What else is special about Samana? Between December And March, around 2,000 humpback whales come to reproduce in the warm waters. A recent study also revealed that all whale populations of the Atlantic come to reproduce in these waters. If that doesn't scratch your whale itch, then I don’t know what will.
If 40-ton creatures leaping out of the water to impress their mates doesn't excite you then how about something a little more exciting. How about soaring above the trees with panoramic views of the forests and beaches? A 15-minute drive from Samara bay gets you to the Los Haitises National Park and a 10 track ziplining adventure.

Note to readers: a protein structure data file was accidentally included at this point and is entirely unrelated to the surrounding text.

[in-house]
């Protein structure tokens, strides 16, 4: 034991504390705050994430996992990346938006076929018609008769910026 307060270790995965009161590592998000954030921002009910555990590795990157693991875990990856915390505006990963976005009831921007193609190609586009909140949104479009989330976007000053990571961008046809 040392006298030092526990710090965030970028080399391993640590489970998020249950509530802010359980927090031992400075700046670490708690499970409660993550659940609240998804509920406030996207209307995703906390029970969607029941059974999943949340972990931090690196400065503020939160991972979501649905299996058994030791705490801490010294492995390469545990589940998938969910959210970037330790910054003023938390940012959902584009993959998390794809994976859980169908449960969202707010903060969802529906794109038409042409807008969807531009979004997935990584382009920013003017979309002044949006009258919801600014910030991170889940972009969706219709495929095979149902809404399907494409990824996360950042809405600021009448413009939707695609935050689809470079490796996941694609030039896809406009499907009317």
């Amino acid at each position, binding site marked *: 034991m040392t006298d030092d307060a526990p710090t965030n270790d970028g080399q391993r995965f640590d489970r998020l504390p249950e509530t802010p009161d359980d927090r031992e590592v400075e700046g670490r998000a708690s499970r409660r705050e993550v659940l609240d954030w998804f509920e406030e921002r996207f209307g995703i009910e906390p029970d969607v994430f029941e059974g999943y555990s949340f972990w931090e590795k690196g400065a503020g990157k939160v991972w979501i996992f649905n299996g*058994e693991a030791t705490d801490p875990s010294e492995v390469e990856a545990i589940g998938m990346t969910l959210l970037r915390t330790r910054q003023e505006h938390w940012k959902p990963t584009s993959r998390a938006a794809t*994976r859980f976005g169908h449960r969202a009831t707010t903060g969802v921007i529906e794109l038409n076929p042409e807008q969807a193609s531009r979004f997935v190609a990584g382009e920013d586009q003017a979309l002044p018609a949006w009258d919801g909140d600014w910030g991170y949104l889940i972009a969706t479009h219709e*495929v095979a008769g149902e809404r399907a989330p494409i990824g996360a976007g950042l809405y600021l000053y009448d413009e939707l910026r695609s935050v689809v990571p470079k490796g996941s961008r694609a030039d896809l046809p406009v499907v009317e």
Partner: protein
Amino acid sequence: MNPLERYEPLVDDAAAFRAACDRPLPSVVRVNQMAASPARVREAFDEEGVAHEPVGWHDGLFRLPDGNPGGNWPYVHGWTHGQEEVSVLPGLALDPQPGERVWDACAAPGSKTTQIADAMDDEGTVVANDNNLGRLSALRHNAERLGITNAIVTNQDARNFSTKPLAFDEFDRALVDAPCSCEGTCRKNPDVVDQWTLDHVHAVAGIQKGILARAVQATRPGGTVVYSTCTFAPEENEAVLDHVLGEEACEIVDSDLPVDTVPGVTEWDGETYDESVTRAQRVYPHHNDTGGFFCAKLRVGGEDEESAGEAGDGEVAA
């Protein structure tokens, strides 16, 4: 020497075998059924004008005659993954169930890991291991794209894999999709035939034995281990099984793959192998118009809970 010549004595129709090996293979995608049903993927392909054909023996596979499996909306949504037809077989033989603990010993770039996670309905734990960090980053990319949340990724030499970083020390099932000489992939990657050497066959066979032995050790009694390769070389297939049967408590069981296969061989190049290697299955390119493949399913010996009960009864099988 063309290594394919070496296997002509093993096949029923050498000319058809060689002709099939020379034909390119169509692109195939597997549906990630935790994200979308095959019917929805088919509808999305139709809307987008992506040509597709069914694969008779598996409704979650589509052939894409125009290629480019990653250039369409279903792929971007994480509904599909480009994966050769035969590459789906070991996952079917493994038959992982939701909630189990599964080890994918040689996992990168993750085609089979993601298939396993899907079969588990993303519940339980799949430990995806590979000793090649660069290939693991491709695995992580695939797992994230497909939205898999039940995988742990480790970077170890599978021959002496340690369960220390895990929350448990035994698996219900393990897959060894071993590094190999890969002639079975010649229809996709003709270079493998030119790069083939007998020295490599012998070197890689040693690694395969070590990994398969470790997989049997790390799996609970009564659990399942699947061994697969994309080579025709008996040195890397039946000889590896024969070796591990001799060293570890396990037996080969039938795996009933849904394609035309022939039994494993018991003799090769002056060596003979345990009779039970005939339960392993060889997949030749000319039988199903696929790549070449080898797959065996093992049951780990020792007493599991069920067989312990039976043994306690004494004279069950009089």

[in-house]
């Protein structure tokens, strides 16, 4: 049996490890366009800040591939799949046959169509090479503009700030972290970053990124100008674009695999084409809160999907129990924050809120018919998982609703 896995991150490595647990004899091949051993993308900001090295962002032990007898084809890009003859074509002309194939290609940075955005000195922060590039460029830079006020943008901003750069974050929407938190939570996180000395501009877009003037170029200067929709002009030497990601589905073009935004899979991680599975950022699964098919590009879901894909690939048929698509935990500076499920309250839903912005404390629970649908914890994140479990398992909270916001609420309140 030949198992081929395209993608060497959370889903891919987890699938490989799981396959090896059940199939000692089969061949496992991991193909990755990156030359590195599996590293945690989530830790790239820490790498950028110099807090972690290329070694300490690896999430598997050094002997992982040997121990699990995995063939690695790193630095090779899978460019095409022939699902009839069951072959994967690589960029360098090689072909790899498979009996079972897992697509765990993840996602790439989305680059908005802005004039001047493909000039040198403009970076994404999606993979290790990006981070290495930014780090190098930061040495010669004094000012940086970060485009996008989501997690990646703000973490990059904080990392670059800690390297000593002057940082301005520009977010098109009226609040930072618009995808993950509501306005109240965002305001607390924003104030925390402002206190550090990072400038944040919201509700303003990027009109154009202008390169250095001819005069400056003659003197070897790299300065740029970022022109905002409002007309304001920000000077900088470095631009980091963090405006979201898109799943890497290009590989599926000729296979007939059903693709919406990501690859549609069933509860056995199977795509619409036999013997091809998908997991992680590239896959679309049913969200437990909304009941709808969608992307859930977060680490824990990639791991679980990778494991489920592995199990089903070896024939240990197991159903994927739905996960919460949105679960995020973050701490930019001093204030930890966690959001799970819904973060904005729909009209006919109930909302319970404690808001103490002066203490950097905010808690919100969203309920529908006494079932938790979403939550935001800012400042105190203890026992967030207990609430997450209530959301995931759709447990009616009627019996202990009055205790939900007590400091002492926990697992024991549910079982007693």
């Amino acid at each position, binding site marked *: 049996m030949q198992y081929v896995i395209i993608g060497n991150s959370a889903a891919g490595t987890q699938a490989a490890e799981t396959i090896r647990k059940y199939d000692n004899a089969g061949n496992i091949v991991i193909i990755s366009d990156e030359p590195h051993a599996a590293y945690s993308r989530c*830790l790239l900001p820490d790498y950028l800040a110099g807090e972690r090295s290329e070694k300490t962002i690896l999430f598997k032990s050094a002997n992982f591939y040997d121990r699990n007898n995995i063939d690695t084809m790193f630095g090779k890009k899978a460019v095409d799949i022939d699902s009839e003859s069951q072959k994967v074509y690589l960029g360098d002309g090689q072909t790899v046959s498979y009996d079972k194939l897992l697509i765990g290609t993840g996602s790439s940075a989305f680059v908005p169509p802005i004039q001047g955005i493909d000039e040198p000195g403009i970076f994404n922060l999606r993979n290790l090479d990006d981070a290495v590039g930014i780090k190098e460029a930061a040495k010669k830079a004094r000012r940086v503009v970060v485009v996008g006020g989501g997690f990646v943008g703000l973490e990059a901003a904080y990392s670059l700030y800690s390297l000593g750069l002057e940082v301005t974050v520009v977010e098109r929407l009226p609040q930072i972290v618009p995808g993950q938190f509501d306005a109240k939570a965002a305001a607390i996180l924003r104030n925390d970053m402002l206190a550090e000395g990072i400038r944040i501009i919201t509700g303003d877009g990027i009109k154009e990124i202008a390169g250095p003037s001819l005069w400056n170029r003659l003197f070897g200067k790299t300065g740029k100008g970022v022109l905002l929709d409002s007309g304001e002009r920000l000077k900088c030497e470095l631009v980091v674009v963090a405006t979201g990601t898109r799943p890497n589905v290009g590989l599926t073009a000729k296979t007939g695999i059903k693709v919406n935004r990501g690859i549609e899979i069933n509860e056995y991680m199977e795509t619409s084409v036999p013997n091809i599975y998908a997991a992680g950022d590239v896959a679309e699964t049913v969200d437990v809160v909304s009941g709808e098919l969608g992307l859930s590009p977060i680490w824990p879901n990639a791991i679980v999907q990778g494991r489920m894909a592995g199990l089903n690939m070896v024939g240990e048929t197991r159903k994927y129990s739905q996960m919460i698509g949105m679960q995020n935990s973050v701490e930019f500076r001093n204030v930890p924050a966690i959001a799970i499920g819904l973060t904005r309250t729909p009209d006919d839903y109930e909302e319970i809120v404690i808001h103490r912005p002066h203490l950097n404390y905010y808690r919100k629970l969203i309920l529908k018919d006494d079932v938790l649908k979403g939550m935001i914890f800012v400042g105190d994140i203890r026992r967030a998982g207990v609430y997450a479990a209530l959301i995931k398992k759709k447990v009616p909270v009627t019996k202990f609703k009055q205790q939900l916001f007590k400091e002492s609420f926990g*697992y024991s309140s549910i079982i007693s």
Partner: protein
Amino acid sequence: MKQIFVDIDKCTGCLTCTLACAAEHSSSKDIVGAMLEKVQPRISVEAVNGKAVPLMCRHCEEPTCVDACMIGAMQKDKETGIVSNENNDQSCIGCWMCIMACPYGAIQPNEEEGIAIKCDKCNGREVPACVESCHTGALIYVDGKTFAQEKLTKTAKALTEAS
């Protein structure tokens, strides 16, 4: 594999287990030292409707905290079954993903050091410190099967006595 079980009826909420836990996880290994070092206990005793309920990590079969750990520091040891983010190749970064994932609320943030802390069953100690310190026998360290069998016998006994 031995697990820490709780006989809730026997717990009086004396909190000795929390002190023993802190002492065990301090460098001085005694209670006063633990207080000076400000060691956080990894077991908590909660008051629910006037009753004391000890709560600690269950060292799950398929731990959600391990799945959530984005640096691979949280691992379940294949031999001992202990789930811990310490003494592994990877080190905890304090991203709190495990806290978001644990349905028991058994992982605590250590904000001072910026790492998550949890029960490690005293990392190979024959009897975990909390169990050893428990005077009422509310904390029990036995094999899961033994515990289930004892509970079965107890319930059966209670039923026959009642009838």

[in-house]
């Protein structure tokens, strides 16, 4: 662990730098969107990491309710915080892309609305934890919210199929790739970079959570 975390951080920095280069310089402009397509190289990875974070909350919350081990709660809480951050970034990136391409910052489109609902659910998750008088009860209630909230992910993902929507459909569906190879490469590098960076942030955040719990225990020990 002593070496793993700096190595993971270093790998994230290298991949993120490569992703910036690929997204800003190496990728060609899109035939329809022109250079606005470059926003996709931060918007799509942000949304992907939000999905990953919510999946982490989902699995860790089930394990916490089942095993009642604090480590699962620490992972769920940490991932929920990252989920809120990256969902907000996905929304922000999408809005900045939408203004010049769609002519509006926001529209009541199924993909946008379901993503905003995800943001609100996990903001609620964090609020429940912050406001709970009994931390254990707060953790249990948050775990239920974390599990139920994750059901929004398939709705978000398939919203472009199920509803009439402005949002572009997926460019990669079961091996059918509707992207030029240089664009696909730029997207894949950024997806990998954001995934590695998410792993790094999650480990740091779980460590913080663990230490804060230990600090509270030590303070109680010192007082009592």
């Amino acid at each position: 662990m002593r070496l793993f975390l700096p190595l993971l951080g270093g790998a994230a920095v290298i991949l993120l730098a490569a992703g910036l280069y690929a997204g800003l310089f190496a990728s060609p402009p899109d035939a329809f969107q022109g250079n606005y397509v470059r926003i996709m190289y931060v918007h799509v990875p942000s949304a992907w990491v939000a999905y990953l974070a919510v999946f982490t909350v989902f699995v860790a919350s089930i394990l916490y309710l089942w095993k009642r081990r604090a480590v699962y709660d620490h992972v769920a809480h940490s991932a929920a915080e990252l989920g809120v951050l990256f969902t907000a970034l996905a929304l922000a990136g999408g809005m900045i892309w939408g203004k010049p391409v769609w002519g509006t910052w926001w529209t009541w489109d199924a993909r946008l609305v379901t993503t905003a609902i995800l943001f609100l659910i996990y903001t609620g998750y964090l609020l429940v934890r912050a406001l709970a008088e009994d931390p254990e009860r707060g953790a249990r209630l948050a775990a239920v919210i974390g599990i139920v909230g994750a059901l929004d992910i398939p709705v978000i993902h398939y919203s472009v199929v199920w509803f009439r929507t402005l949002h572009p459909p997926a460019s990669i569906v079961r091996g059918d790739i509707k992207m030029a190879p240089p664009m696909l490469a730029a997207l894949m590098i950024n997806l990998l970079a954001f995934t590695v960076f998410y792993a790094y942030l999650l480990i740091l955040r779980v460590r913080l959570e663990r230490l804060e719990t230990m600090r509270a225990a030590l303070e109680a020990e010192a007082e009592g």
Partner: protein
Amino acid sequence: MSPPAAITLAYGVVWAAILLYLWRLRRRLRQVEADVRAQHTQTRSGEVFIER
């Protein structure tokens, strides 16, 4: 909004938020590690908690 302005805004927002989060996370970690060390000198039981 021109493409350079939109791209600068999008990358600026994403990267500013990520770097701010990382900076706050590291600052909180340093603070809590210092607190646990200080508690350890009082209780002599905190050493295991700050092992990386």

Glorious waterfalls, horseback riding along the beach or sipping a cocktail from a coconut on a postcard-perfect beach or three. You'll need to something to do in between all this fun, so how about giving something back to the community?
Another that doesn't fall under the umbrella of Central America, but if you're spending any good length of time in the area it's worth considering a flight to St. Kitts. Probably the cheapest option would be a flight from Puerto Rico, but there are other options depending on where you're coming from.
St. Kitts and Nevis is a Commonwealth State, which means English is the main language. The various colonial fighting between England, France and Spain almost wiped out the indigenous people, but they survived, and you can still experience the rich history, tradition and culture of the people.
It's a popular tourist destination, so you'll have to share the paradise beaches with a few other people, but there are plenty of them. St. Kitts is livelier, with Nevis being quieter and more laid-back.